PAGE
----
AMT sweet spot is explained very well at
In short, this is where your marginal rate within AMT zone drops from 35% down to 28% (due to phase-out ending) and before AMT zone ends which hikes the marginal rate to 39%+.
When I had looked at the graph in that article for a single filer it suggests ~$250,000 of sweet spot range (from ~$336k to ~$588k of income). Unfortunately this does not seem to be generally the case and is highly dependent on particulars whether sweet spot even applies.
Purpose of this post is to share my findings as well as to see if someone finds a flaw in them. The goal is to take maximum advantage of the sweet spot in a given year.
Simplified scenario: single filer able to prepay property taxes to increase Schedule A deductions as needed. Also able to bring in as much ordinary income as needed into the current year from the next. Assume no interest, no dividends, no cap gains/losses, and no other entries. Just an ordinary income and a flat 4% state+local tax on that income.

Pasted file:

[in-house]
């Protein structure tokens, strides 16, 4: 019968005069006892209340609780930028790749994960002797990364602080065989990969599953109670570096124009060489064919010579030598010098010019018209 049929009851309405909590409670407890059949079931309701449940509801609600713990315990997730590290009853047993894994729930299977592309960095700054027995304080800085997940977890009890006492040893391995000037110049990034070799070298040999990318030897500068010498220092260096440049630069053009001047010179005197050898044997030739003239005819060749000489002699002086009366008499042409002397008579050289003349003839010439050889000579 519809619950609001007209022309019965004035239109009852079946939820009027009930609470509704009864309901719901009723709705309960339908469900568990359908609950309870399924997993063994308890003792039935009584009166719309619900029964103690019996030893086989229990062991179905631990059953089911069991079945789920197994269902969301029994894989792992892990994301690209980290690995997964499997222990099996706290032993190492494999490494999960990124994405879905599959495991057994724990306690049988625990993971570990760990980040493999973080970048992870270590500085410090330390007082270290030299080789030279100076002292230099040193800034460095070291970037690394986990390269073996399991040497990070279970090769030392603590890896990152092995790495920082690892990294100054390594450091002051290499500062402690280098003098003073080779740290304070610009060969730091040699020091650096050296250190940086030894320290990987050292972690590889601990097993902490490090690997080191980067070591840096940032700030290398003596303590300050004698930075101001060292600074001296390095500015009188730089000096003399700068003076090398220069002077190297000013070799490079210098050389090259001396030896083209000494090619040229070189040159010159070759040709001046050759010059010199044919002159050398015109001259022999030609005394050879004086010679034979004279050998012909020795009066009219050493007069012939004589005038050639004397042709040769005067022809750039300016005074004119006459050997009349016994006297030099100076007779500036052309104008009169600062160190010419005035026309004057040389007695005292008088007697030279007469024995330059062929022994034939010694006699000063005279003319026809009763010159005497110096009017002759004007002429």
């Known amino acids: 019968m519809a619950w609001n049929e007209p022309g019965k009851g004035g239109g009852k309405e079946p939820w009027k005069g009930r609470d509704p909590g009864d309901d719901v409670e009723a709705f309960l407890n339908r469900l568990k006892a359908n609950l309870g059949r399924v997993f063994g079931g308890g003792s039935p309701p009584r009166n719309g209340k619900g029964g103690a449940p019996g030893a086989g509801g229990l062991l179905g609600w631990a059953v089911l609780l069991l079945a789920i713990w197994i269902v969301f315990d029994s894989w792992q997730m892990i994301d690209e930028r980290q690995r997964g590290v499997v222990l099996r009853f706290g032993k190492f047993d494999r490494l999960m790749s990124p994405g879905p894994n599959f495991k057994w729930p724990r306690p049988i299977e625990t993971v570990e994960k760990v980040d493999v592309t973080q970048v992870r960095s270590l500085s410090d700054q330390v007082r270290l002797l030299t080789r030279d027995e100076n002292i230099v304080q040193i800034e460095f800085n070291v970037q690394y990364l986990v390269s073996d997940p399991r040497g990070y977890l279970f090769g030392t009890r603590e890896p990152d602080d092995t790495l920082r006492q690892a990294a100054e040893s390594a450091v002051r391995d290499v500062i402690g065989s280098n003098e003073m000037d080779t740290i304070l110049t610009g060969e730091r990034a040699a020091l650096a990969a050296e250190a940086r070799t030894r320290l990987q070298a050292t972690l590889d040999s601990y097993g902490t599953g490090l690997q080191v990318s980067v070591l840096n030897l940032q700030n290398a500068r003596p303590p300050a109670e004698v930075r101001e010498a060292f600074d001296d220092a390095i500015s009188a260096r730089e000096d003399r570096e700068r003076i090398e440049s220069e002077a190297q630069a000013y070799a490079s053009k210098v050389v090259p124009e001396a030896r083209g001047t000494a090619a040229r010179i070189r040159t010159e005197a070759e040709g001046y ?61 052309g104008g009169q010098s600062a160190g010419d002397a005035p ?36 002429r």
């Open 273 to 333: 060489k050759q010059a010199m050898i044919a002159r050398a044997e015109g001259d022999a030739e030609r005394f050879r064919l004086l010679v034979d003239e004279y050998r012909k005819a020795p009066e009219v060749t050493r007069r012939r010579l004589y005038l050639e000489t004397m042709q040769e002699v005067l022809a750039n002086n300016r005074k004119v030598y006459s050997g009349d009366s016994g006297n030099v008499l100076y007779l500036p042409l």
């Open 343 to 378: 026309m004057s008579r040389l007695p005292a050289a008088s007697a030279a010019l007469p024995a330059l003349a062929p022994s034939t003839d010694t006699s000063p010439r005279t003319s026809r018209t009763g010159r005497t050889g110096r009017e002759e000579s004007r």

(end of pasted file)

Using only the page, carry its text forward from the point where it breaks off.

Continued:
Here is what I am finding (based on 2016 tax year law) when only changing property tax on Schedule A:
$0k property tax, AMT sweet spot range is 335,298 - 338,186 (i.e. less than 3k range)
$5k property tax, AMT sweet spot range is 335,298 - 366,901 (i.e. $31,603 range)
$10k property tax, AMT sweet spot range is 335,298 - 398,550 (i.e. $63,252 range)
So, it seems like if you want to take advantage of a sweet spot in above scenario, you'd prepay property tax as much as possible and get AMT sweet spot range expanded by ***much larger*** amount.
Is there any downsides to this approach?
For example, prepaying State/Local income tax may seem like a similar idea but if you get a refund for the year, you have to then deduct all the benefit you got this year from the next year's taxes. So, I don't believe prepaying state/local taxes really helps here much. However, I don't believe similar considerations apply to prepaying property taxes. Can anyone confirm this?